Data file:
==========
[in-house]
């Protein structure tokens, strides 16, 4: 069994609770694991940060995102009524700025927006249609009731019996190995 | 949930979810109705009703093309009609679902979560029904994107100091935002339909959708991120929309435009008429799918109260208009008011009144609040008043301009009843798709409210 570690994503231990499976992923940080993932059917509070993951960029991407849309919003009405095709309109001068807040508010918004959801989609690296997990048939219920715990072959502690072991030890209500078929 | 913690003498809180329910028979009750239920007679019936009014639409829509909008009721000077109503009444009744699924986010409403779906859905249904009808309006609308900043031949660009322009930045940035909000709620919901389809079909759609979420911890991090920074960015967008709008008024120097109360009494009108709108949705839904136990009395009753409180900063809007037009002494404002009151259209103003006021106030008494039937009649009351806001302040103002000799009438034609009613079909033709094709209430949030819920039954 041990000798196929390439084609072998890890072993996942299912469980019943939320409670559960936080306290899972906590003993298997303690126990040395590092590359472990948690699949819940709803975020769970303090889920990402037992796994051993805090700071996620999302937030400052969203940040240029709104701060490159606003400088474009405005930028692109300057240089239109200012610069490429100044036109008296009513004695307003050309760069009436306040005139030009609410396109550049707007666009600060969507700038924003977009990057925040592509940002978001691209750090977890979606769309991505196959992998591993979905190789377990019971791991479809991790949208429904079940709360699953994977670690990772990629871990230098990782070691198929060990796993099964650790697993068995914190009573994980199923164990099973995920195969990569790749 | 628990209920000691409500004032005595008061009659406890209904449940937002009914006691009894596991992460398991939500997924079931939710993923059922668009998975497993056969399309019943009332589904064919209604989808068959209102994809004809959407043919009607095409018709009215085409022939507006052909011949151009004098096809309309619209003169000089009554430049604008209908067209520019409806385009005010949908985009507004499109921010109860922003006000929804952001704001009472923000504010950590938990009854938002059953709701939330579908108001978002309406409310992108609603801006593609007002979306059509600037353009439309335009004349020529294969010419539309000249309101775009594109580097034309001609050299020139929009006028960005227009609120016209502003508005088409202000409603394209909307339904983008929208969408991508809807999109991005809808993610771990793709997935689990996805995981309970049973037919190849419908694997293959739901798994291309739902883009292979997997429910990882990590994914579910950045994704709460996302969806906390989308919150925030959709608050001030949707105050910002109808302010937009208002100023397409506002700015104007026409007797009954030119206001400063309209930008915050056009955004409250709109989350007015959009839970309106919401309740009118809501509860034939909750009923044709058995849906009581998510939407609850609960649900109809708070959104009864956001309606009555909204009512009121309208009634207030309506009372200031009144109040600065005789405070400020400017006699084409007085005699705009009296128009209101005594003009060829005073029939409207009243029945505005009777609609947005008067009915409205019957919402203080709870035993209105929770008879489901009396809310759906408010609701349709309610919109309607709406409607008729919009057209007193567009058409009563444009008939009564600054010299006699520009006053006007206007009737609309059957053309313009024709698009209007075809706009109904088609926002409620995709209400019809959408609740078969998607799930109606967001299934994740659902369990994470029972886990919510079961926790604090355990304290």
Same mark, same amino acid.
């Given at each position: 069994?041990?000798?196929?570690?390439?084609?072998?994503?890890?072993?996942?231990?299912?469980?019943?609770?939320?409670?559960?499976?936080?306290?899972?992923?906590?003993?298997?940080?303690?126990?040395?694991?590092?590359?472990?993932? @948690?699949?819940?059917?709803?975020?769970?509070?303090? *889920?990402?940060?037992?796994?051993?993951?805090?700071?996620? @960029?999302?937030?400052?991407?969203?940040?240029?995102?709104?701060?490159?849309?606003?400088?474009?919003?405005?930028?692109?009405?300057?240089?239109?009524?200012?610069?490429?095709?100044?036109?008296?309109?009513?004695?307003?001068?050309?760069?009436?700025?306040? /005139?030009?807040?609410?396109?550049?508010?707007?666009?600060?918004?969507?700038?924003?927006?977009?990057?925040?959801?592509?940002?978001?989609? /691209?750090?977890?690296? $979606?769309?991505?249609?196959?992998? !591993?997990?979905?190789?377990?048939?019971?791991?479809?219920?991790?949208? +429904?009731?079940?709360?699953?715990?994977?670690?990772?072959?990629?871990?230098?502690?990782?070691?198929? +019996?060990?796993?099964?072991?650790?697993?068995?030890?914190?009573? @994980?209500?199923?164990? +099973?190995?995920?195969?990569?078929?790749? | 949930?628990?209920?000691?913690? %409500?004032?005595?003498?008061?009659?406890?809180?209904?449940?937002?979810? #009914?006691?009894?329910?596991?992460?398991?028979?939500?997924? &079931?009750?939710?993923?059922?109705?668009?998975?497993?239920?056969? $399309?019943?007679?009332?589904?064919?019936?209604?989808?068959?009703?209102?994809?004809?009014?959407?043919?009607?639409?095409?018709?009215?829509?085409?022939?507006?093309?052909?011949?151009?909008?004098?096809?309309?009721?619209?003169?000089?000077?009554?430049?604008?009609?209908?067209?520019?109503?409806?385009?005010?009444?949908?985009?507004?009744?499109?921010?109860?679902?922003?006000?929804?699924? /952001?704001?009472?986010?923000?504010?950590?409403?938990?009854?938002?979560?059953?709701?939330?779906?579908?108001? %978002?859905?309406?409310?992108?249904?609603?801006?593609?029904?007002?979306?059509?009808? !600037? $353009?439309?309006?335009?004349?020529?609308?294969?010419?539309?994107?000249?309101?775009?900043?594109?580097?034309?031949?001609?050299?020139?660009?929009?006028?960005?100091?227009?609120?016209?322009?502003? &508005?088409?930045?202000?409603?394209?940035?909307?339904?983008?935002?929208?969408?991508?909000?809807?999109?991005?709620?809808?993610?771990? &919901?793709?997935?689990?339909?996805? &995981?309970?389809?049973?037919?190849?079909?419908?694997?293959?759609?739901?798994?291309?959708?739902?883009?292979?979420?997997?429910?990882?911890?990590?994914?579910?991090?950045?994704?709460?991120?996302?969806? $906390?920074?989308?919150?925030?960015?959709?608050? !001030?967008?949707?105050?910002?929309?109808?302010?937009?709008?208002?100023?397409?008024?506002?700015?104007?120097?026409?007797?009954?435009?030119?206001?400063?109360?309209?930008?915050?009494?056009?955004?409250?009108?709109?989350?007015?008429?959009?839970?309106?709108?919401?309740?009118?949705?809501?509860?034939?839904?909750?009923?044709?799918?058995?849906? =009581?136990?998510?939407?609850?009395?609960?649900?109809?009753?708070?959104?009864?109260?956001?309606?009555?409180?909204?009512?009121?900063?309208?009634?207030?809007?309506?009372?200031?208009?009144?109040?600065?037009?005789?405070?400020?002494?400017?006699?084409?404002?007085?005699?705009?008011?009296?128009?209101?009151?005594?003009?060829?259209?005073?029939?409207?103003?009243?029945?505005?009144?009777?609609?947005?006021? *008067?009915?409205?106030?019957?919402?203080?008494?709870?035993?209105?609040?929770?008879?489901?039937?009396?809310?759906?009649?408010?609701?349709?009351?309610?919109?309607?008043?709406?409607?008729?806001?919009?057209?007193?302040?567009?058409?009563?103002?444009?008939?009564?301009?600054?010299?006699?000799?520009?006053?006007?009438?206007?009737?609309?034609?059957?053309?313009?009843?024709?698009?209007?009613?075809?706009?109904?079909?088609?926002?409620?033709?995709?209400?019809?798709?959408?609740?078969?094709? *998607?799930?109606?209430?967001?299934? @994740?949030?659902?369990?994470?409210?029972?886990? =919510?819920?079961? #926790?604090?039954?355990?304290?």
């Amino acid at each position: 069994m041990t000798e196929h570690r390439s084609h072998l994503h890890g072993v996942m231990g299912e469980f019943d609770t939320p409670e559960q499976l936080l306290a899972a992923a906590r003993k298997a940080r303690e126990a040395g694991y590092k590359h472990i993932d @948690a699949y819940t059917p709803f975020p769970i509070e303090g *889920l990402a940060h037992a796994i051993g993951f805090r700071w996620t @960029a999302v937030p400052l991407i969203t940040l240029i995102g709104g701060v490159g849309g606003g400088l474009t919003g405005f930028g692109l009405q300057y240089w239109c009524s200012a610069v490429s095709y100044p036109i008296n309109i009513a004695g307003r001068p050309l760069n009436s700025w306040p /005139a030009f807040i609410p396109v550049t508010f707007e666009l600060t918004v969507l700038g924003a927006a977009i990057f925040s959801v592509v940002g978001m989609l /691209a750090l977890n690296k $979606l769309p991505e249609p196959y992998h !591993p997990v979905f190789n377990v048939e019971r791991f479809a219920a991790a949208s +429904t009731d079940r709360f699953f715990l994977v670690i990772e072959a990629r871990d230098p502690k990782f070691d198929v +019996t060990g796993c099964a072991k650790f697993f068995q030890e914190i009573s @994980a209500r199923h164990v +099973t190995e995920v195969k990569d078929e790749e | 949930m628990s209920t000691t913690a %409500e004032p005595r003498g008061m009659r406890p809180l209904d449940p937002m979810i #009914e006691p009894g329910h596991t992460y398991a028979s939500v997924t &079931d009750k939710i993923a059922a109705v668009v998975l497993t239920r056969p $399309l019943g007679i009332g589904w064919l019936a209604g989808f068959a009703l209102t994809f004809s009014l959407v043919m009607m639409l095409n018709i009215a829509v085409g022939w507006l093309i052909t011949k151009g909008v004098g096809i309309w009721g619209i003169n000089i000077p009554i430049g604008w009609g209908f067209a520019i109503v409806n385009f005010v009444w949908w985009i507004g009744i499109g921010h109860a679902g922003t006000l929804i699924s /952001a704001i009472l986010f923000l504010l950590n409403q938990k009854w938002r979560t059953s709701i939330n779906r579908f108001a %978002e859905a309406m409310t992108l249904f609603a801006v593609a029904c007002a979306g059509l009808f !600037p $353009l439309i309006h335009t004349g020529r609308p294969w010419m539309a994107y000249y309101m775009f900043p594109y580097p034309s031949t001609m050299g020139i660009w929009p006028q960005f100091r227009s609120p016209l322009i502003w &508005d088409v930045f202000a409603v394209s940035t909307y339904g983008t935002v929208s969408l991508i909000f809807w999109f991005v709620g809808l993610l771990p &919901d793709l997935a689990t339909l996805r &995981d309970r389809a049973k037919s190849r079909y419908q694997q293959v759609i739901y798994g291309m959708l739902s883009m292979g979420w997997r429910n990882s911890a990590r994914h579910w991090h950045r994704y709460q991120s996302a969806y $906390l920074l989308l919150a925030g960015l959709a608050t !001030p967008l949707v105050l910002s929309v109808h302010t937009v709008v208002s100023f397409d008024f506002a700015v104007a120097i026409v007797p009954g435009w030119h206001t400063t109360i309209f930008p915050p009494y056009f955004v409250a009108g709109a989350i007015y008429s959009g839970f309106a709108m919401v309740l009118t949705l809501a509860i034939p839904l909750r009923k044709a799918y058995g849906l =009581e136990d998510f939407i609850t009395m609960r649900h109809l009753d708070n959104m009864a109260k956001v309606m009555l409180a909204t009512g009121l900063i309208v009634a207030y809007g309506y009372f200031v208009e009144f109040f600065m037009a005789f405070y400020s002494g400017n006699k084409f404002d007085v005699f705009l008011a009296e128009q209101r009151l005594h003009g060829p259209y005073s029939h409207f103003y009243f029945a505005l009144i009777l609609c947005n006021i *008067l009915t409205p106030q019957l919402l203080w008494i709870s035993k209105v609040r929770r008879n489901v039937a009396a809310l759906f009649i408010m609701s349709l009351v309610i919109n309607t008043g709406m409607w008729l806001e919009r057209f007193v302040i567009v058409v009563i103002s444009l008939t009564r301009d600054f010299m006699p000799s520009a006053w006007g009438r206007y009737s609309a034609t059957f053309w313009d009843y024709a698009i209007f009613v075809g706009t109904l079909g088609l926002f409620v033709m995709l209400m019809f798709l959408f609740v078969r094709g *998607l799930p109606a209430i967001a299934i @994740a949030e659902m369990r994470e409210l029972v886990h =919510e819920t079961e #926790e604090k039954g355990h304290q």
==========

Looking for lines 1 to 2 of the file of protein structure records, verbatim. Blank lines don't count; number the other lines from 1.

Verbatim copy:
[in-house]
């Protein structure tokens, strides 16, 4: 069994609770694991940060995102009524700025927006249609009731019996190995 | 949930979810109705009703093309009609679902979560029904994107100091935002339909959708991120929309435009008429799918109260208009008011009144609040008043301009009843798709409210 570690994503231990499976992923940080993932059917509070993951960029991407849309919003009405095709309109001068807040508010918004959801989609690296997990048939219920715990072959502690072991030890209500078929 | 913690003498809180329910028979009750239920007679019936009014639409829509909008009721000077109503009444009744699924986010409403779906859905249904009808309006609308900043031949660009322009930045940035909000709620919901389809079909759609979420911890991090920074960015967008709008008024120097109360009494009108709108949705839904136990009395009753409180900063809007037009002494404002009151259209103003006021106030008494039937009649009351806001302040103002000799009438034609009613079909033709094709209430949030819920039954 041990000798196929390439084609072998890890072993996942299912469980019943939320409670559960936080306290899972906590003993298997303690126990040395590092590359472990948690699949819940709803975020769970303090889920990402037992796994051993805090700071996620999302937030400052969203940040240029709104701060490159606003400088474009405005930028692109300057240089239109200012610069490429100044036109008296009513004695307003050309760069009436306040005139030009609410396109550049707007666009600060969507700038924003977009990057925040592509940002978001691209750090977890979606769309991505196959992998591993979905190789377990019971791991479809991790949208429904079940709360699953994977670690990772990629871990230098990782070691198929060990796993099964650790697993068995914190009573994980199923164990099973995920195969990569790749 | 628990209920000691409500004032005595008061009659406890209904449940937002009914006691009894596991992460398991939500997924079931939710993923059922668009998975497993056969399309019943009332589904064919209604989808068959209102994809004809959407043919009607095409018709009215085409022939507006052909011949151009004098096809309309619209003169000089009554430049604008209908067209520019409806385009005010949908985009507004499109921010109860922003006000929804952001704001009472923000504010950590938990009854938002059953709701939330579908108001978002309406409310992108609603801006593609007002979306059509600037353009439309335009004349020529294969010419539309000249309101775009594109580097034309001609050299020139929009006028960005227009609120016209502003508005088409202000409603394209909307339904983008929208969408991508809807999109991005809808993610771990793709997935689990996805995981309970049973037919190849419908694997293959739901798994291309739902883009292979997997429910990882990590994914579910950045994704709460996302969806906390989308919150925030959709608050001030949707105050910002109808302010937009208002100023397409506002700015104007026409007797009954030119206001400063309209930008915050056009955004409250709109989350007015959009839970309106919401309740009118809501509860034939909750009923044709058995849906009581998510939407609850609960649900109809708070959104009864956001309606009555909204009512009121309208009634207030309506009372200031009144109040600065005789405070400020400017006699084409007085005699705009009296128009209101005594003009060829005073029939409207009243029945505005009777609609947005008067009915409205019957919402203080709870035993209105929770008879489901009396809310759906408010609701349709309610919109309607709406409607008729919009057209007193567009058409009563444009008939009564600054010299006699520009006053006007206007009737609309059957053309313009024709698009209007075809706009109904088609926002409620995709209400019809959408609740078969998607799930109606967001299934994740659902369990994470029972886990919510079961926790604090355990304290």